Not Bad for the Bucks
Frank S. Washington, Sun, 08 Nov 2009 09:53:04 PST
DETROIT When it comes to Lincoln, it's a matter of whether the glass is half full or half empty.
Of course, Lincoln executives will tell you that their mug is half full. Even though sales were down almost 14 percent through the first two months of the year, Lincoln executives expect total sales to be higher this year than they were last year. The reason is the MKS, Lincoln's new flagship sedan which is scheduled to go on sale this summer.
We don't think so. Although pricing has not been announced, we expect the MKS to be priced in the $40K to $50k range. It's the rare occasion that cars in that price range are volume sellers. Lincoln's best bet for a sales increase this year is its MKZ sedan.
We expect the MKS to draw potential buyers to Lincoln show rooms. But once buyers feast their eyes on the $32,425 MKZ, Lincoln's entry level sedan will indeed be its volume seller. This summer would be a good time for the MKZ to overcome its identity crisis.
The Lincoln MKZ started life as the Lincoln Zephyr but that lasted only one year. Then the name was changed to MKZ. In a world that is brand driven, changing the name of a product, especially a new one, can be disastrous.
It wasn't that bad for the MKZ but the moniker shift didn't help. What got lost in the process is that the MKZ is not a bad car. It was what we call a big compact. That is the MKZ is almost the size of a full-size sedan. It was powered by a 3.5 liter V6 engine that makes 263 horsepower and 249 pounds-feet of torque. The powerplant is mated to six-speed automatic transmission.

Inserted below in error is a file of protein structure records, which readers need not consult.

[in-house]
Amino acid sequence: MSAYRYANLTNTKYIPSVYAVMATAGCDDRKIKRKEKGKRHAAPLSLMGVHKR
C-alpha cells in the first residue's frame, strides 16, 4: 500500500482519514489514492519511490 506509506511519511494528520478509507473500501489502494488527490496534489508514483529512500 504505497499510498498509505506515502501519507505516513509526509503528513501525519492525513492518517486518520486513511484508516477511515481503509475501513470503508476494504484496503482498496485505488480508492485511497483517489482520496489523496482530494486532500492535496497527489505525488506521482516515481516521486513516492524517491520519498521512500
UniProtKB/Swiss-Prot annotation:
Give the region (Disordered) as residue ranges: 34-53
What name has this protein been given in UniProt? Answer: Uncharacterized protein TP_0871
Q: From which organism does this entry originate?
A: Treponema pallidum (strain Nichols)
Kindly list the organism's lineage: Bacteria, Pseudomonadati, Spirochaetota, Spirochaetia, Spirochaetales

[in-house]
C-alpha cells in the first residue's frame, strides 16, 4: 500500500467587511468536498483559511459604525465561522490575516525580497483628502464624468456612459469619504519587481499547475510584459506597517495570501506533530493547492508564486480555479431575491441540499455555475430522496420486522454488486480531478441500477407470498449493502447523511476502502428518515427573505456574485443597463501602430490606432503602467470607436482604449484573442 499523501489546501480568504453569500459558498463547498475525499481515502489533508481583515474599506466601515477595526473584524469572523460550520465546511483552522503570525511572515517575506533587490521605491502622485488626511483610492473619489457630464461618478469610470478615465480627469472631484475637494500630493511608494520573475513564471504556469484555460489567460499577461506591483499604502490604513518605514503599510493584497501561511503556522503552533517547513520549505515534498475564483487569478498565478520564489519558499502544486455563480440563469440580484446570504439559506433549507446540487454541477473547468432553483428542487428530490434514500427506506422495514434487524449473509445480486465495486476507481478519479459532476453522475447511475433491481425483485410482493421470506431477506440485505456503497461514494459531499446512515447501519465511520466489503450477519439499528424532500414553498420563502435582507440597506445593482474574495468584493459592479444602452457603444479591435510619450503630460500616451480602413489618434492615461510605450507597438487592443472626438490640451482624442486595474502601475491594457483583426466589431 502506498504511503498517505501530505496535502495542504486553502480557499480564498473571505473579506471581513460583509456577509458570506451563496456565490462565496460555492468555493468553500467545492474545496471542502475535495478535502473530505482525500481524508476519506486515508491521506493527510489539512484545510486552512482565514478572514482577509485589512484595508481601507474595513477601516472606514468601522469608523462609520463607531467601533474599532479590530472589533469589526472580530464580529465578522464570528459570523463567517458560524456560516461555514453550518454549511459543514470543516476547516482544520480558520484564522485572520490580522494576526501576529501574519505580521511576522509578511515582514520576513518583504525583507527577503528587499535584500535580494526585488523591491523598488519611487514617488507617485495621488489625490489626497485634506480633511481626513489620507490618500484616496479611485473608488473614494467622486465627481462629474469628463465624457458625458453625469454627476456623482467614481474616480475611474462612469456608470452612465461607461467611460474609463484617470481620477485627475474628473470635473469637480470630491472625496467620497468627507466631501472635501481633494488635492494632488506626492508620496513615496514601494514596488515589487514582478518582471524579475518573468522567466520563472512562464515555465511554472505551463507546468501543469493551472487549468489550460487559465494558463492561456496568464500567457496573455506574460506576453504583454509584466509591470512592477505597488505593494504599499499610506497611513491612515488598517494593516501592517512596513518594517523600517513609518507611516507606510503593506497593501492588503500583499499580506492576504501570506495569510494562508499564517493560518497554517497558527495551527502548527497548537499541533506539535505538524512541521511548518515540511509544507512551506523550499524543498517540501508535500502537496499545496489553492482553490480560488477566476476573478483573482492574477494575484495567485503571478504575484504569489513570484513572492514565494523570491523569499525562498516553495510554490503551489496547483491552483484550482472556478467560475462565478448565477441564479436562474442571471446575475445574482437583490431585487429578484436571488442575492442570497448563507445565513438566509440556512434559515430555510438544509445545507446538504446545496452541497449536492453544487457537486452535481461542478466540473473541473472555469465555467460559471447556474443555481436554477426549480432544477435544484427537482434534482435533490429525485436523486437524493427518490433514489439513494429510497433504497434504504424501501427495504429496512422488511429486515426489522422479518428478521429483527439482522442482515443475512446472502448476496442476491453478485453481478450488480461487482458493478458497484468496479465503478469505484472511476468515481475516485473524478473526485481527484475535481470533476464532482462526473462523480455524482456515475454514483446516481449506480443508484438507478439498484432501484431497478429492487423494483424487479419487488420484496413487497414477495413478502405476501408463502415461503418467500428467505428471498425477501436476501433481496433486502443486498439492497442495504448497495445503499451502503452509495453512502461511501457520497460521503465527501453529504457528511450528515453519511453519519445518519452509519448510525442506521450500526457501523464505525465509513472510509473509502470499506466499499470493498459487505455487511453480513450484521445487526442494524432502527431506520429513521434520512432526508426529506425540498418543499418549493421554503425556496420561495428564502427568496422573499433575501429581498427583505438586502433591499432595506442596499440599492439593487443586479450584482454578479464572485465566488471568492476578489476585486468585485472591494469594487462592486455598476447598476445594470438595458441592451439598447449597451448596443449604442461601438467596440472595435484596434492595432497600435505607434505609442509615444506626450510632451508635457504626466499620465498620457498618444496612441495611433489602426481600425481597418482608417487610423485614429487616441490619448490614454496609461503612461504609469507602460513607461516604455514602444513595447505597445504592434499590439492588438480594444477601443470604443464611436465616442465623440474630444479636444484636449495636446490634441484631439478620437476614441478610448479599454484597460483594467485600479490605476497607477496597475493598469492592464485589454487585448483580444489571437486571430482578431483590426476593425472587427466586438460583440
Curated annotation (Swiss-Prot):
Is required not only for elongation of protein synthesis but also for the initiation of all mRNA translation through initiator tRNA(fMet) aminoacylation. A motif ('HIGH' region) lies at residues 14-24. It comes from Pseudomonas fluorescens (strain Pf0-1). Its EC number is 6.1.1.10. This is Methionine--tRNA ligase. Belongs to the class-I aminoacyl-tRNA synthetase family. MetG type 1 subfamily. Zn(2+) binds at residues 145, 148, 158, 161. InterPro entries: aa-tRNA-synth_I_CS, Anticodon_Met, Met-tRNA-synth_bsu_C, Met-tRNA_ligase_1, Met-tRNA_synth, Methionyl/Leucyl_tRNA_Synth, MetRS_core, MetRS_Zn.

In this application, the V6 was sufficient and gear shifts were relatively smooth. We found the MKZ's ride firm but not harsh. We had the all-wheel-drive model and it handled pretty well. There was no snow here so we didn't get the chance to see how well the system worked.
For 2008, Lincoln made satellite radio, perforated leather seats and heated and cooled seats standard. Lincoln also made its Sync hands free communications system standard. We thought the lever just inside the trunk to release the rear seat back an especially nice touch. Add to that Lincoln's optional and awfully good THX audio system, and the MKZ had an excellent sound system.
The interior of the car was top notch. The MKZ's fit and finish was a little better than on some other Lincoln models. We think the brand is finally coming to understand that gaps are not a good thing when it comes to fit. Still, the MKZ could use some refinement which may come with each new model year.
Our test model produced too much road noise. That could have been the tires. Still, that excuse could not be made for the engine. We thought it a bit load, even under moderate acceleration, for a V6. The MKZ could stand some strategic placement of sound proofing material.
And we were not pleased with Lincoln's use of what it calls the satin aluminum package for $195. It looked to us like the vents were aluminum and the rest was gray plastic. We hate the overuse of silver satin plastic on any vehicle.
That said; the MKZ still caught our attention because of its price. The sticker on our test vehicle was $36,005. For that amount of money, the MKZ is at least worth a look.